Monolithic Wideband & mm-Wave Beam-Forming Transceivers

Wednesday August 6, 2014
IBM BTV Main Site Cafeteria
12:30 – 1:00 PM Meet and Greet
1:00 – 2:00 PM Seminar

Prof. Hossein Hasemi
Associate Professor of Electrical Engineering
Ming Hsieh Faculty Fellow
University of Southern California, Los Angeles CA

Abstract

    Advancements in semiconductor technology has led to monolithic realization of complex Radio Frequency (RF) Integrated Circuits (IC) and System-On-a-Chip (SOC) for commercial wireless communications. Shannon’s capacity theorem states that the communication data-rate is proportional to the information bandwidth and the logarithm of Signal-to-Noise-plus-Interference Ratio (SNIR). Wireless transceivers operating at higher carrier frequencies have access to larger bandwidth and enable more compact realization (due to smaller wavelength). Antenna arrays can improve the SNIR by dynamically focusing the transmit power towards the desired directions (beam forming), reducing the interferences through spatial filtering, and improving the receiver sensitivity. Antenna arrays have been around for over half a century in high performance military radar and communication systems in the context of phased arrays. Recent research, about a decade old, has demonstrated monolithic realization of antenna array transceivers in silicon processes, and compact packaged solutions with antenna arrays, for commercial applications such as reliable ultra-high-speed wireless communications at 24 and 60 GHz Industrial Scientific Medical (ISM) bands, low-cost automotive radars at 24 GHz and 77 GHz bands, Ultra-Wide Band (UWB) imaging systems in the 3 – 10 GHz band, and passive imaging for security and healthcare applications at 94 GHz and 120 GHz bands. Current research efforts include realization of compact low-power antenna array systems at mm-wave and sub-mm-waves with higher performance and more sophistication, e.g., including on-chip Built-In Self-Test (BIST), calibration, and integration with the Digital Signal Processing (DSP) core. This talk covers the basics of multi-antenna systems, narrowband phased arrays, wideband timed arrays, transceiver architectures, circuit building blocks, and several case studies spanning 1 – 100 GHz for various applications.

    Biography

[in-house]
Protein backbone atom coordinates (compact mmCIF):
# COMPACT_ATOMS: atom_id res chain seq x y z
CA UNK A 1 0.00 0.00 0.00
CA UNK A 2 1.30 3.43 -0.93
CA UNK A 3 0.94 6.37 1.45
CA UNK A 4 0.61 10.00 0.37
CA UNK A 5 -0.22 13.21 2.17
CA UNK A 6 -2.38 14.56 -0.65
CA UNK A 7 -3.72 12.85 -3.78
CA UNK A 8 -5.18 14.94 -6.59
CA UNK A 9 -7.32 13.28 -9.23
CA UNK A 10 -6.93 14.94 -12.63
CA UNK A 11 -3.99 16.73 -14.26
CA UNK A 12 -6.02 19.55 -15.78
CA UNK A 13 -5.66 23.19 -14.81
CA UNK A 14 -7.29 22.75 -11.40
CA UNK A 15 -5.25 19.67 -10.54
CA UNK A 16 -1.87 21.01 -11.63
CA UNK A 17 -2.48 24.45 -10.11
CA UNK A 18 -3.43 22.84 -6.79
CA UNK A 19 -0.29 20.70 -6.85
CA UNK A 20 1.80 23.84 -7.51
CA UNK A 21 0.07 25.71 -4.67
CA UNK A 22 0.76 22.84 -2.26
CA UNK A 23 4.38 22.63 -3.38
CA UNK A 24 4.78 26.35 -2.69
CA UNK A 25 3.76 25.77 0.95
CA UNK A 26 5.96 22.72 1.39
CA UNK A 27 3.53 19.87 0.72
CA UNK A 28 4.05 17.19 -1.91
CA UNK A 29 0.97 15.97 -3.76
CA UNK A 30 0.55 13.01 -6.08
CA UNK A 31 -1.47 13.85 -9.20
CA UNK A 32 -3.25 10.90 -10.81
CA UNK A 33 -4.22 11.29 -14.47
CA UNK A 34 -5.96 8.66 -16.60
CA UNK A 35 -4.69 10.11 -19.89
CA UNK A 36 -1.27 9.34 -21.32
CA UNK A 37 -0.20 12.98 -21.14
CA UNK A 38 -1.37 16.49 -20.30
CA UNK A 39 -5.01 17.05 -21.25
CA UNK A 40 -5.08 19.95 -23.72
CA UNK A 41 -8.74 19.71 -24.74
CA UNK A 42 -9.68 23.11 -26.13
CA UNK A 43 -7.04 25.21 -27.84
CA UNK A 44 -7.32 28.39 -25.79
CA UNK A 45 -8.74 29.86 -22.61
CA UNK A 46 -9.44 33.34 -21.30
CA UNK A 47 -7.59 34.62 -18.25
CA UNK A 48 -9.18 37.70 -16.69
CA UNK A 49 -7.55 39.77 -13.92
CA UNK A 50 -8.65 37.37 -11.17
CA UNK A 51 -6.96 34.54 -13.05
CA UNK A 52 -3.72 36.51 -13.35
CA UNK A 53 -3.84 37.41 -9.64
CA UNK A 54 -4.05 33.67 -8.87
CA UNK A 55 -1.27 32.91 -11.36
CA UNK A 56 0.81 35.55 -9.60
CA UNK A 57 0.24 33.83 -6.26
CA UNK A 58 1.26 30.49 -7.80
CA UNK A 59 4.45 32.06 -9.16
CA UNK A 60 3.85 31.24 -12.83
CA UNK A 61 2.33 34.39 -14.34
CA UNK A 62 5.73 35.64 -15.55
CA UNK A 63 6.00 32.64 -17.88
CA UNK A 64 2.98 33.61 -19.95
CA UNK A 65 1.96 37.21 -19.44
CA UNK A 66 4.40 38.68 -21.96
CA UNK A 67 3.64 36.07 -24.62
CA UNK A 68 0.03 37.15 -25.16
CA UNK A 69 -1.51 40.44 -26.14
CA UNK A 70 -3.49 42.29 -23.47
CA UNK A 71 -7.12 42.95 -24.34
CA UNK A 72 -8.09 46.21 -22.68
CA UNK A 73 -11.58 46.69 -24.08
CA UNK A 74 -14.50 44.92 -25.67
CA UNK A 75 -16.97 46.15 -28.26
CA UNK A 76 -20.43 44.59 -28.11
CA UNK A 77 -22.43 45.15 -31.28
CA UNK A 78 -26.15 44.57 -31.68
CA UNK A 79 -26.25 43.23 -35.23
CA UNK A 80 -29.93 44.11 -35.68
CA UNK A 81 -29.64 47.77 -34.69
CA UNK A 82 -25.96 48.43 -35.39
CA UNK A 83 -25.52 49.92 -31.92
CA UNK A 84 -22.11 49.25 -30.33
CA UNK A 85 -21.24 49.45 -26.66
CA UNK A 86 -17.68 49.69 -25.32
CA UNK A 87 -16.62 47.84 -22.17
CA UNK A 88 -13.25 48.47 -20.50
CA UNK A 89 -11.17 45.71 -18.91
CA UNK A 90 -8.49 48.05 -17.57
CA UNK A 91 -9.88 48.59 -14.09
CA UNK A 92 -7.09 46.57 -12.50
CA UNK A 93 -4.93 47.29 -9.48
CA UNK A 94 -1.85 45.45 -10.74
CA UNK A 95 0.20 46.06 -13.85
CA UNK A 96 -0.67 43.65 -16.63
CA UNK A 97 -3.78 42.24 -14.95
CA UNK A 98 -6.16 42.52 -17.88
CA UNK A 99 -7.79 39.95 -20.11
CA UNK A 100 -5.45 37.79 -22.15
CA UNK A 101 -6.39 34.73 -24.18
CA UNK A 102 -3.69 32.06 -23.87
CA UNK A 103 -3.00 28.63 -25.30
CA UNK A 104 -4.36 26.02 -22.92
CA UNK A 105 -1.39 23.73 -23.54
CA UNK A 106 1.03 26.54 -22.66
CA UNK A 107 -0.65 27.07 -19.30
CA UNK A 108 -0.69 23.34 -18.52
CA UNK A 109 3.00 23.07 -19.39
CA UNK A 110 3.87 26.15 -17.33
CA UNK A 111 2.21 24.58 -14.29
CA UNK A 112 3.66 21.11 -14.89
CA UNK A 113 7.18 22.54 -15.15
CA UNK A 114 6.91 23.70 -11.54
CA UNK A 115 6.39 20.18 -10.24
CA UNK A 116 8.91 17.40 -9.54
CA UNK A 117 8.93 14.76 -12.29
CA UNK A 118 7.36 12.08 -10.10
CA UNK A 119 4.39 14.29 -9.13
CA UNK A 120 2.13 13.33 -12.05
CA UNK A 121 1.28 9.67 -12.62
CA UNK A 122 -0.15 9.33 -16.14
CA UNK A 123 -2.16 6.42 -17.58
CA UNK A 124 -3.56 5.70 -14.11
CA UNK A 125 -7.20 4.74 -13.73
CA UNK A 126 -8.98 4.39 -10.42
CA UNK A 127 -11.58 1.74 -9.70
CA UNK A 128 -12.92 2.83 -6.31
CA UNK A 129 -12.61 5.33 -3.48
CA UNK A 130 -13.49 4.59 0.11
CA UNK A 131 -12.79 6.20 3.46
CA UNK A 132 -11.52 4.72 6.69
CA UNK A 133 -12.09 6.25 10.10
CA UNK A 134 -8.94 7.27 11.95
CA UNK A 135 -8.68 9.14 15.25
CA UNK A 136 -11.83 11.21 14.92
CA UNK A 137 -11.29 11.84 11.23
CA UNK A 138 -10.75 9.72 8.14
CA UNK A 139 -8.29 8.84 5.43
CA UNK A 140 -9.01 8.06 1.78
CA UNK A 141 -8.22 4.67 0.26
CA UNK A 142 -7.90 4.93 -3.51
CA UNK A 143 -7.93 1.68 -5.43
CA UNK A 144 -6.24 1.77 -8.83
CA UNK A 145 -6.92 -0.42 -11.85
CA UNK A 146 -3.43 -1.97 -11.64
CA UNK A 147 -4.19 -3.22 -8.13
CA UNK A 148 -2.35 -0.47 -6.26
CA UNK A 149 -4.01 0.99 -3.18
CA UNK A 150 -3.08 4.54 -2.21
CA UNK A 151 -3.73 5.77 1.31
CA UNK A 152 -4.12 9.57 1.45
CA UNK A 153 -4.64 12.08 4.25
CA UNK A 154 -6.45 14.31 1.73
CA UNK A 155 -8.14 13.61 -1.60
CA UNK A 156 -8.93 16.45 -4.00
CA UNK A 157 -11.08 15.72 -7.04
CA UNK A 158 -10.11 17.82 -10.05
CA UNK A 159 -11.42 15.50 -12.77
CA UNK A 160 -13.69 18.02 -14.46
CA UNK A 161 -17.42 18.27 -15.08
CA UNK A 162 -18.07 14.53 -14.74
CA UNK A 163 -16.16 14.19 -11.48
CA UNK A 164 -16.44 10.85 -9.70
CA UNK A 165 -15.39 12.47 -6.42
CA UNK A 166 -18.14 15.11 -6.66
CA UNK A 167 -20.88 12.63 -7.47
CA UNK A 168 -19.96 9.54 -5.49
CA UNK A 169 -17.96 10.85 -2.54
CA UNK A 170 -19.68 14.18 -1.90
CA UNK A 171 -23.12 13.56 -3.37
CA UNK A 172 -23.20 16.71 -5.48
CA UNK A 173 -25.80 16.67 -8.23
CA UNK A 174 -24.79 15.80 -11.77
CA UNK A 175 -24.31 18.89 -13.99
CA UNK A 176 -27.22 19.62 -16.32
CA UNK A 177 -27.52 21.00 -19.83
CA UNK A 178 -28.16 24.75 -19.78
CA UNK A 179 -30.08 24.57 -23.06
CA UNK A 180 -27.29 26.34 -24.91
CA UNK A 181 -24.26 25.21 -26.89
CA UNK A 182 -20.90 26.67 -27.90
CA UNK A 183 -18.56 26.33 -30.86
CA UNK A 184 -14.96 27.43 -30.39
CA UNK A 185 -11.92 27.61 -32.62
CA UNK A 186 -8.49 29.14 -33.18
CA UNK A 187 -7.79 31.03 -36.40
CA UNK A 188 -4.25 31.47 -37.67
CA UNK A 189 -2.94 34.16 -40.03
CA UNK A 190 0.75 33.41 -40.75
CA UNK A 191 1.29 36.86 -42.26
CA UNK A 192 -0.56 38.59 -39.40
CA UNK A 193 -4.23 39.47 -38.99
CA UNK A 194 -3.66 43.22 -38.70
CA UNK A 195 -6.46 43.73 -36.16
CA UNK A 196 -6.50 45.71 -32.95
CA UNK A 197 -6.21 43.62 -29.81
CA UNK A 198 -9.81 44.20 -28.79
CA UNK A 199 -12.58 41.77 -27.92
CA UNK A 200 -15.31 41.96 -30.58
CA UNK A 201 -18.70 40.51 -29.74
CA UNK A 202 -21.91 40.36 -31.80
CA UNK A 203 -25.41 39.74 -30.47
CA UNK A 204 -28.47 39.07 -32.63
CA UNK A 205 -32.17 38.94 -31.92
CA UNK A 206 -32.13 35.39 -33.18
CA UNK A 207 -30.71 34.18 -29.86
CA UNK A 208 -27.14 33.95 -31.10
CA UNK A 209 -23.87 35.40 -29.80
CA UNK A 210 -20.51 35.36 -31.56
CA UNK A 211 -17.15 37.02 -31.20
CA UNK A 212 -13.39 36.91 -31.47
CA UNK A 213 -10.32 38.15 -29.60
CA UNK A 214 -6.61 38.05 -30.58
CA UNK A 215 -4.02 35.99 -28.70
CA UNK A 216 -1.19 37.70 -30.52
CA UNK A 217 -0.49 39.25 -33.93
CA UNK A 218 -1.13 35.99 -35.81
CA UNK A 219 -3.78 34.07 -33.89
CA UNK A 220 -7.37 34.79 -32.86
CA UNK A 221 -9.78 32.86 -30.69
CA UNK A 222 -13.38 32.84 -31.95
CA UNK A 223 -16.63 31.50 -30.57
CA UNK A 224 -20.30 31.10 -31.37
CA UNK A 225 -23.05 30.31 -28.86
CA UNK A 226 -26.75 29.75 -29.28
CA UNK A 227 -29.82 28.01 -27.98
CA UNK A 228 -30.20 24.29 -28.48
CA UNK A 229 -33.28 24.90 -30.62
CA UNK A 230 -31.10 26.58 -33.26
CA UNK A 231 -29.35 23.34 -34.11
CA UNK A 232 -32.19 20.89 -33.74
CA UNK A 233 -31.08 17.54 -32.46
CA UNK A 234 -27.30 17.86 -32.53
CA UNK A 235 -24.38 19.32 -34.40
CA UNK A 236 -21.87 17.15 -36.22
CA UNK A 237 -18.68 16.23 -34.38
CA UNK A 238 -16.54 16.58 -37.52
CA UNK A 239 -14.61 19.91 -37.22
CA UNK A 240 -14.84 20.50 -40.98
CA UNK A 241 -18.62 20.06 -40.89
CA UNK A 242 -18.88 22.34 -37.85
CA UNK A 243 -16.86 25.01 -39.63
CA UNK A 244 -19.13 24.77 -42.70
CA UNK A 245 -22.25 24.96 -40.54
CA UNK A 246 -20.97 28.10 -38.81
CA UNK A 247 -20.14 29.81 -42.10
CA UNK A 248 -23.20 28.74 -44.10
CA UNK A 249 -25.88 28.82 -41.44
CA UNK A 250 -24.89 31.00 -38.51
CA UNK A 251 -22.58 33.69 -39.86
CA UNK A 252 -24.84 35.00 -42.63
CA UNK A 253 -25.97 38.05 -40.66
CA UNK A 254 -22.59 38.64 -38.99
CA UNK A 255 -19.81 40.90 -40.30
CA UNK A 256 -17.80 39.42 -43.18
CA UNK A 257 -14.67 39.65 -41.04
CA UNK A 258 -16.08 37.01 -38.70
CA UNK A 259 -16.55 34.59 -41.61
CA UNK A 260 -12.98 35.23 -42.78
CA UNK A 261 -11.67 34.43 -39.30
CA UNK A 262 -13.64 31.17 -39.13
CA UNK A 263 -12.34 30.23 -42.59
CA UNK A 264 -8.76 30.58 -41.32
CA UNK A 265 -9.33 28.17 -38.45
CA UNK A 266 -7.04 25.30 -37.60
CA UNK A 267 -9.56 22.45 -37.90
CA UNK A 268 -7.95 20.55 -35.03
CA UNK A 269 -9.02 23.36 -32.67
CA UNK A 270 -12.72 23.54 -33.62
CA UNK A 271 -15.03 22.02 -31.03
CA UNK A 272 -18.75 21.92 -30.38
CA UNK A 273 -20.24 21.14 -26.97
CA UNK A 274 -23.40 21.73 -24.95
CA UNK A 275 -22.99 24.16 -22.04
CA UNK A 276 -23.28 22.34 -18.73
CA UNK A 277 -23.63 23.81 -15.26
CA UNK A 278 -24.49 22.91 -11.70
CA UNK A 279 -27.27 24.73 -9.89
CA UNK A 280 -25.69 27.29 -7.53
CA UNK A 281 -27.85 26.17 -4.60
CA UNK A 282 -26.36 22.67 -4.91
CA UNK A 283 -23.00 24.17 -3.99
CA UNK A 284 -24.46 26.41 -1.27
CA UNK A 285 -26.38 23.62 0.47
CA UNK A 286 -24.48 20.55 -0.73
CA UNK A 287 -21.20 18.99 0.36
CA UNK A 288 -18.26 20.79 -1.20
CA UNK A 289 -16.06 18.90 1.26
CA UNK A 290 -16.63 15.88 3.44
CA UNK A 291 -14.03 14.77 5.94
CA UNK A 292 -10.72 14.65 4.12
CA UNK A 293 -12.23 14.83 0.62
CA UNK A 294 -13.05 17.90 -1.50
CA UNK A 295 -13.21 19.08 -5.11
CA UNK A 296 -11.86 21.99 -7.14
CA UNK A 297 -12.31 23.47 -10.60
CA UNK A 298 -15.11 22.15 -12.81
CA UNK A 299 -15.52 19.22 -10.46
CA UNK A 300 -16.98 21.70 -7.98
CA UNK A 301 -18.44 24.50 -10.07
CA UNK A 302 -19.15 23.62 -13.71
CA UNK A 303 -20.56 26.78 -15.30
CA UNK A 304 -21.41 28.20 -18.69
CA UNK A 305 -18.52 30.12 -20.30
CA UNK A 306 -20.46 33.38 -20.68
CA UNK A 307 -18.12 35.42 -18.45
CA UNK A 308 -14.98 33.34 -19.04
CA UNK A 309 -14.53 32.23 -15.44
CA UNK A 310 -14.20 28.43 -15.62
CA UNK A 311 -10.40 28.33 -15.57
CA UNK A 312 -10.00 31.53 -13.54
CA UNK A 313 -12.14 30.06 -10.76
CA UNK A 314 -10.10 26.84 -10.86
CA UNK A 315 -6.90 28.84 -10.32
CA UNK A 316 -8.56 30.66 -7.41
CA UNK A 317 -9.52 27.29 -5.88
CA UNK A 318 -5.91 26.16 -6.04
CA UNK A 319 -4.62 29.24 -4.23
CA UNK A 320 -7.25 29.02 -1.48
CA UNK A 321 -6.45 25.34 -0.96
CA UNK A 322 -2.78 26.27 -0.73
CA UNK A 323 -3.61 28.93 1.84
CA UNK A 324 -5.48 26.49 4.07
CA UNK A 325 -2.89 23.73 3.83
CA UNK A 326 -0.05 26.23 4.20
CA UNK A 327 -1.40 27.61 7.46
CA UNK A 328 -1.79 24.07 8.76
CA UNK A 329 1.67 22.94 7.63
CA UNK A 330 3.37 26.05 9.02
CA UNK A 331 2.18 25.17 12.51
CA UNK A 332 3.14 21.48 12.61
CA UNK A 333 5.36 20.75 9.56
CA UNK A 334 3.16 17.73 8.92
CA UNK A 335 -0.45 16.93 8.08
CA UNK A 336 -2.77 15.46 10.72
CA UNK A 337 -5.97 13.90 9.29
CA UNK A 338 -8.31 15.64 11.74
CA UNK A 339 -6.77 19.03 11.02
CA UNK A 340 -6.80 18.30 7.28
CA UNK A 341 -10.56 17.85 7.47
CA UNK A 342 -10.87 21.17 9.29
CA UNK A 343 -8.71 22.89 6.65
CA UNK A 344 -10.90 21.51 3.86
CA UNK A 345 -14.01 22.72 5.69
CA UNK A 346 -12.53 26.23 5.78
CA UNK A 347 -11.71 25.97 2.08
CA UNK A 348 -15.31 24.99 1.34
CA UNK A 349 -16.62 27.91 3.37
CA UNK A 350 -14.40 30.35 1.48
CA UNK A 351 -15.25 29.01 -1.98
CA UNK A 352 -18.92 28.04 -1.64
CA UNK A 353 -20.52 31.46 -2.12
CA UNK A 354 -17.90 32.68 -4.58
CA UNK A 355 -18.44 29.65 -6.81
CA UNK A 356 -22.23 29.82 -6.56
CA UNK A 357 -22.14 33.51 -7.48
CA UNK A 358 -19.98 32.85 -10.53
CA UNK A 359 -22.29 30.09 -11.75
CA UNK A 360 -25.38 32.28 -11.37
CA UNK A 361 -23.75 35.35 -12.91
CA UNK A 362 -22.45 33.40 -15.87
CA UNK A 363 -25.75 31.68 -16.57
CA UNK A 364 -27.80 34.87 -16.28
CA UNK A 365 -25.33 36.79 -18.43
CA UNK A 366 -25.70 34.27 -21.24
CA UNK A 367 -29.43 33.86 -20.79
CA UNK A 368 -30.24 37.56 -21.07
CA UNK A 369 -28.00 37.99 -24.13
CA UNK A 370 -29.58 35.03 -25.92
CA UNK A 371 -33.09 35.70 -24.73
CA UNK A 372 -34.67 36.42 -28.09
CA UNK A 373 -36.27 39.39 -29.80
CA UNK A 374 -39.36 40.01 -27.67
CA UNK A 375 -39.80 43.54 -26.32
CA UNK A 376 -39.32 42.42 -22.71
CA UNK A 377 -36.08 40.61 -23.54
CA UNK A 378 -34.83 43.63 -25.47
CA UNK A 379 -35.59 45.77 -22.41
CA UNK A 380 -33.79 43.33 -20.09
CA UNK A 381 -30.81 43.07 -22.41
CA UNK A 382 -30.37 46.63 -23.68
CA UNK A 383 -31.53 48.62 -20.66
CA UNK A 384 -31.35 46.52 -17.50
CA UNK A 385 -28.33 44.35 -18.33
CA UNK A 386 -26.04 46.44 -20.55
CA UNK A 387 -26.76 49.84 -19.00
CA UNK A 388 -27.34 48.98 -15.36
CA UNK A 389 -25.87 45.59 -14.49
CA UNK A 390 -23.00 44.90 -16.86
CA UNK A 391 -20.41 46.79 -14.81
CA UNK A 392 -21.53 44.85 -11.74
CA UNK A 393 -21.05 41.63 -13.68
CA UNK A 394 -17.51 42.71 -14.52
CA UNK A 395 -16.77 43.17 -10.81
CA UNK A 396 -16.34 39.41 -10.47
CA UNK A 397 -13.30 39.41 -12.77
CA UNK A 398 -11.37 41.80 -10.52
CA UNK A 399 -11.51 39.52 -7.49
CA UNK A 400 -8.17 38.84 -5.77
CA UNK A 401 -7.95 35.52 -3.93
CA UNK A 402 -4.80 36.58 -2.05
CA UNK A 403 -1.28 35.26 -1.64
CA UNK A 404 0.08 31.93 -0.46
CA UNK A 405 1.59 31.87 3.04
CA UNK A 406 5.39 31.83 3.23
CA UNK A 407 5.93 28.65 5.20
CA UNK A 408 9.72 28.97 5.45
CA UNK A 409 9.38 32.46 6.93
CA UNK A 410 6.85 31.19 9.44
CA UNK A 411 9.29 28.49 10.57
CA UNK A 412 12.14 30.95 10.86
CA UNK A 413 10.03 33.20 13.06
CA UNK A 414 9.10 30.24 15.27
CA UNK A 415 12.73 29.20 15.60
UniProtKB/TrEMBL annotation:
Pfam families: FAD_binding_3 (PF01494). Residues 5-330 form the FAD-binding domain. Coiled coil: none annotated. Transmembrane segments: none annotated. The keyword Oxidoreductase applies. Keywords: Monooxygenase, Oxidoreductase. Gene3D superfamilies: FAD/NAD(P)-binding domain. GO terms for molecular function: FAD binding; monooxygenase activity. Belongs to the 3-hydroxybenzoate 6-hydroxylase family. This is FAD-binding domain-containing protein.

Hossein Hashemi is an Associate Professor of Engineering, Ming Hsieh Faculty Fellow, and the co-director of the Ming Hsieh Institute and the Ultimate Radio Laboratory (UltRa-Lab) at the University of Southern California. He received the B.S. and M.S. degrees in Electronics Engineering from the Sharif University of Technology, Tehran, Iran, in 1997 and 1999, respectively, and the M.S. and Ph.D. degrees in Electrical Engineering from the California Institute of Technology, Pasadena, in 2001 and 2003, respectively. Dr. Hashemi currently serves on the Technical Program Committees of IEEE International Solid-State Circuits Conference (ISSCC), IEEE Radio Frequency Integrated Circuits (RFIC) Symposium, and the IEEE Compound Semiconductor Integrated Circuits Symposium (CSICS). He is also an Associate Editor for the IEEE Journal of Solid state Circuits (2013 – present), and Guest Editor of the same journal for October 2013 and December 2013 issues. He was an Associate Editor for the IEEE Transactions on Circuits and Systems—Part I: Regular Papers (2006–2007) and an Associate Editor for the IEEE Transactions on Circuits and Systems—Part II: Express Briefs (2004–2005). He was the recipient of the 2008 Defense Advanced Research Projects Agency (DARPA) Young Faculty Award and the National Science Foundation (NSF) CAREER Award. He received the USC Viterbi School of Engineering Junior Faculty Research Award in 2008, and was recognized as a Distinguished Scholar for the Outstanding Achievement in Advancement of Engineering by the Association of Professors and Scholars of Iranian Heritage in 2011. He was a co-recipient of the 2004 IEEE Journal of Solid-State Circuits Best Paper Award for “A Fully-Integrated 24 GHz 8-Element Phased-Array Receiver in Silicon” and the 2007 IEEE International Solid-State Circuits Conference (ISSCC) Lewis Winner Award for Outstanding Paper for “A Fully Integrated 24 GHz 4-Channel Phased-Array Transceiver in 0.13um CMOS based on a Variable Phase Ring Oscillator and PLL Architecture”. He is the co-editor of the book “Millimeter-Wave Silicon Technology: 60 GHz and Beyond” published by Springer in 2008.

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